(3) Davis v. Michot, No. 1:12-00019, (W.D. La.). On January 7, 2013, judgment was entered denying and dismissing plaintiff's case for failing to state a claim under 28 U.S.C. § 1915(e)(2)(B). This judgment was affirmed on August 2, 2013 on appeal. Davis v. Michot, 537 Fed.App'x. 566 (5th Cir. 2013). Davis sought no further review.

Dismissals of all three actions for frivolity and failure to state a claim are now final.

Since the third dismissal noted above was rendered after plaintiff filed the present lawsuit this court must decide if this dismissal should be considered a strike which would put plaintiff's IFP status in jeopardy.

Plaintiff relies on cases from the Third and Tenth Circuits which have held that a dismissal does not qualify as a strike for § 1915(g) purposes unless and until a litigant has exhausted or waived his or her appellate rights. See Lopez v. Dept. of Justice, 228 Fed.App'x 218 (3rd Cir. 2007), Jennings v. Natrona Cnty. Det. Ctr. Med. Facility, 175 F.3d 775 (10th Cir. 1999). Defendants, on the other hand, call our attention to the case of McGrew v. Barr, 2011 WL 1107195 * 4 (M.D. La. 3/22/11) (Trimble, J.) where the court, relying on Adepegba v. Hammons, 103 F.3d (5th Cir. 1996), found that plaintiff's accumulation of three strikes "albeit two (2) of which were after he filed the instant lawsuit" required revocation of his IFP status. The court noted that, in Adepegba, the Fifth Circuit "explained that by adding Section 1915(g), Congress determined that three qualifying dismissals constituted per se abuse of the i.f.p. procedures and that the three strikes' provision merely codified an existing practice in the courts designed to prevent prisoners from abusing the i.f.p. privilege." McGrew at *3. The court further noted that the statute requiring a prisoner to pay the filing fee is neither "novel nor penal" and does not affect his or her access to the courts but simply puts them "on the same footing as every other petitioner in federal court." Id. at *2-3. In McGrew the court revoked plaintiff's IFP status and ordered that he pay the full filing fee with failure to do so resulting in the case being stricken. Id. at *4.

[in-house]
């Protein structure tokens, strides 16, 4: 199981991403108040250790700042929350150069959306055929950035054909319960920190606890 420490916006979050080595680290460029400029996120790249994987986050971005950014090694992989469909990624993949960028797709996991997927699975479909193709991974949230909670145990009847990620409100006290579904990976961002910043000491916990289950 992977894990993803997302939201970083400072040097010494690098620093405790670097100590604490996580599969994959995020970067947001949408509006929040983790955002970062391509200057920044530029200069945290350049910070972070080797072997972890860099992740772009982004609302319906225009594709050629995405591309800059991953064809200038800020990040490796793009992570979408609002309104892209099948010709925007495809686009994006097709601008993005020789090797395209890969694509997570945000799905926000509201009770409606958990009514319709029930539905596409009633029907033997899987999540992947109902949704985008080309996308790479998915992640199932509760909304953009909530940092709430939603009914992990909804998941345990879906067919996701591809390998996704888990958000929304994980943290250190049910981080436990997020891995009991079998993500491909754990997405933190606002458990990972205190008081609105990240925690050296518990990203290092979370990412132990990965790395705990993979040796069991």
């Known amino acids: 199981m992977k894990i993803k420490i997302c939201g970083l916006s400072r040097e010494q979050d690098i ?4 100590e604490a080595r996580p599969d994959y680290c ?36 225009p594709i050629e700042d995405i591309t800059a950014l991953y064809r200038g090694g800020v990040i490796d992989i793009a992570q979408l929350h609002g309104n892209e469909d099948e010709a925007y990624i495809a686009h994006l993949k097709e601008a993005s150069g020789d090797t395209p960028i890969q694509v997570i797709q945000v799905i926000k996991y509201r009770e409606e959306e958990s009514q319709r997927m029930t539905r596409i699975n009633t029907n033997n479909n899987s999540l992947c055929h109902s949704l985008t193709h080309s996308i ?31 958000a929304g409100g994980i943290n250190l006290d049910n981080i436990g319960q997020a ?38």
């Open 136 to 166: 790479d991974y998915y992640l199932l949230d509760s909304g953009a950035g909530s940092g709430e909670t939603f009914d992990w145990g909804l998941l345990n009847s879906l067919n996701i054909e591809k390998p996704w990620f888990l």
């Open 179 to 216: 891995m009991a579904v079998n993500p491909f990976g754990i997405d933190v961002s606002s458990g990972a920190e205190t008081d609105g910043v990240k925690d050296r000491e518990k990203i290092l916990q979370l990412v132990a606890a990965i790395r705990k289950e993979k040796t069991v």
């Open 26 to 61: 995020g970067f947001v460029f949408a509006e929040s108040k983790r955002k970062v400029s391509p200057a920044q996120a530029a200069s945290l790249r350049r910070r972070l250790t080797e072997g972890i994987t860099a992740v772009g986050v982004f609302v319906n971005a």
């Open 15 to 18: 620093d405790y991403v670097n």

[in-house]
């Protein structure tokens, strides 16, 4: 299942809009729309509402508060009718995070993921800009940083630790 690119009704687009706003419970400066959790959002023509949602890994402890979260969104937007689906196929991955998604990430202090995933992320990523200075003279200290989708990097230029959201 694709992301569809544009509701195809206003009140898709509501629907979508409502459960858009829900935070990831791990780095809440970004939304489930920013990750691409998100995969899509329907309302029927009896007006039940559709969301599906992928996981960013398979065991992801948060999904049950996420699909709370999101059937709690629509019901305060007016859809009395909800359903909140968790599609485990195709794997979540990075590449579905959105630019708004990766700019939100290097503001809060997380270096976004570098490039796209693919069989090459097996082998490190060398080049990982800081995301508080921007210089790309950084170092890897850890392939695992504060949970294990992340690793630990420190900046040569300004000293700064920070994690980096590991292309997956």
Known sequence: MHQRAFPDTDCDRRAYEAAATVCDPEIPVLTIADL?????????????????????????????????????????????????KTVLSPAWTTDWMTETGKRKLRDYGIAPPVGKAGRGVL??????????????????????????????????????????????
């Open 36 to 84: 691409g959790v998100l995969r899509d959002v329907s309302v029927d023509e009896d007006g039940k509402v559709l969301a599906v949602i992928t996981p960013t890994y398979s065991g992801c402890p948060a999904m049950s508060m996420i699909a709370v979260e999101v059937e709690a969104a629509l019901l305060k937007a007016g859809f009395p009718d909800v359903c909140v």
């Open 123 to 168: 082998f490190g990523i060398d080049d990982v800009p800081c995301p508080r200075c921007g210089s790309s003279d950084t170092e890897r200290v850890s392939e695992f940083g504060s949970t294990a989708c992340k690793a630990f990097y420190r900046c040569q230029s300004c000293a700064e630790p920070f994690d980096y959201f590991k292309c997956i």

Further, in Davis v. Michot, 537 Fed.App'x. 566, 568 (5th Cir.-), the case in which plaintiff accumulated his third strike, the Fifth Circuit stated, "[b]ecause [Davis] has now accumulated at least three strikes, he may not proceed in forma pauperis in any civil action or appeal while he is incarcerated or detained in any facility unless he is under imminent danger of serious physical injury." As noted previously, plaintiff did not seek writs from that judgment and it is now final.

Like the court in McGrew we find that plaintiff has accumulated three strikes and that IFP status should be revoked even though the final strike was declared after he filed this litigation. We also find that plaintiff has not alleged facts to show that he is in "imminent danger of serious physical injury." See 28 U.S.C. § 1915(g). In his opposition to the motion, plaintiff avers that he is in imminent danger of physical harm from "exposure to second hand smoke to his preexisting and future health" but provides no further particulars.[2] Doc. 147, p. 4-5.

Accordingly,

IT IS ORDERED that defendants' Motion to Revoke Plaintiff's In Forma Pauperis Status [doc. #142] is GRANTED and the Order granting plaintiff in forma pauperis status [doc. 8] is hereby REVOKED and RESCINDED;

IT IS FURTHER ORDERED that plaintiff pay the full filing fee of $350.00 within forty-five (45) days from the date of this order, with credit for the amount that he has already paid. FAILURE TO PAY THE FULL FILING FEE WILL RESULT IN THIS CASE BEING STRICKEN FROM THE RECORD.